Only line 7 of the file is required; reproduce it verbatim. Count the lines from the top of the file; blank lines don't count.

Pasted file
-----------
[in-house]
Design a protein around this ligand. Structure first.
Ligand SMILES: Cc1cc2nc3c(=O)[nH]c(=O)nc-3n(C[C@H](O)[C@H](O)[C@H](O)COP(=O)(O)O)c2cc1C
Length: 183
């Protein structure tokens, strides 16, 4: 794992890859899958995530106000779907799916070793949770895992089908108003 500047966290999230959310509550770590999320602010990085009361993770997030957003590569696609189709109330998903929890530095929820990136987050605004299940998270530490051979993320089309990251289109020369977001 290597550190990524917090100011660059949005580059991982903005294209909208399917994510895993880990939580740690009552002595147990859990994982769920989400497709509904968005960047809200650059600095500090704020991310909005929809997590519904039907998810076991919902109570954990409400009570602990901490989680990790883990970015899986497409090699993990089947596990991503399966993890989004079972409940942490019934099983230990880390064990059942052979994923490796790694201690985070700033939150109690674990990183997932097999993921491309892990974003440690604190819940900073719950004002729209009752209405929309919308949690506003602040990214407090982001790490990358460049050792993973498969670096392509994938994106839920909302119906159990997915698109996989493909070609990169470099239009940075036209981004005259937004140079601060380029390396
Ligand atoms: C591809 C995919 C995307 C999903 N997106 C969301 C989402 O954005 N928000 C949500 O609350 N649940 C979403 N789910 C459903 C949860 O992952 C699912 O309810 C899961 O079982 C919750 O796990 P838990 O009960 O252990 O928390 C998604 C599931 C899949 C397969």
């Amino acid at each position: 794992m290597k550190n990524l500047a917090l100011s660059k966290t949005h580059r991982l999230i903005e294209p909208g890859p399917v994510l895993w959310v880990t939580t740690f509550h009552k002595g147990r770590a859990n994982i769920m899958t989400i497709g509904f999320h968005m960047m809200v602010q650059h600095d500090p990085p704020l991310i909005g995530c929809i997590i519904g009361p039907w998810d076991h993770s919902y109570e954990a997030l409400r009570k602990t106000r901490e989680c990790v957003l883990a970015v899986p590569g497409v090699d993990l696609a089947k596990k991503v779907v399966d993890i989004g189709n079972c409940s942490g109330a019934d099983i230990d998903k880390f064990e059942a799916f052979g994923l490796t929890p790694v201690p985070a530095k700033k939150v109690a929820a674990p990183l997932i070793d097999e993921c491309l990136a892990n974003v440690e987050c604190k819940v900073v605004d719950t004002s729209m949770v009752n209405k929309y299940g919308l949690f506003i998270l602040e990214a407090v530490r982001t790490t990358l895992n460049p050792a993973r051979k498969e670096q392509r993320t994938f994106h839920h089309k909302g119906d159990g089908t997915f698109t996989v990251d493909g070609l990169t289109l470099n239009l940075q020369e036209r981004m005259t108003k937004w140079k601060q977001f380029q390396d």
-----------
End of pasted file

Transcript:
């Amino acid at each position: 794992m290597k550190n990524l500047a917090l100011s660059k966290t949005h580059r991982l999230i903005e294209p909208g890859p399917v994510l895993w959310v880990t939580t740690f509550h009552k002595g147990r770590a859990n994982i769920m899958t989400i497709g509904f999320h968005m960047m809200v602010q650059h600095d500090p990085p704020l991310i909005g995530c929809i997590i519904g009361p039907w998810d076991h993770s919902y109570e954990a997030l409400r009570k602990t106000r901490e989680c990790v957003l883990a970015v899986p590569g497409v090699d993990l696609a089947k596990k991503v779907v399966d993890i989004g189709n079972c409940s942490g109330a019934d099983i230990d998903k880390f064990e059942a799916f052979g994923l490796t929890p790694v201690p985070a530095k700033k939150v109690a929820a674990p990183l997932i070793d097999e993921c491309l990136a892990n974003v440690e987050c604190k819940v900073v605004d719950t004002s729209m949770v009752n209405k929309y299940g919308l949690f506003i998270l602040e990214a407090v530490r982001t790490t990358l895992n460049p050792a993973r051979k498969e670096q392509r993320t994938f994106h839920h089309k909302g119906d159990g089908t997915f698109t996989v990251d493909g070609l990169t289109l470099n239009l940075q020369e036209r981004m005259t108003k937004w140079k601060q977001f380029q390396d």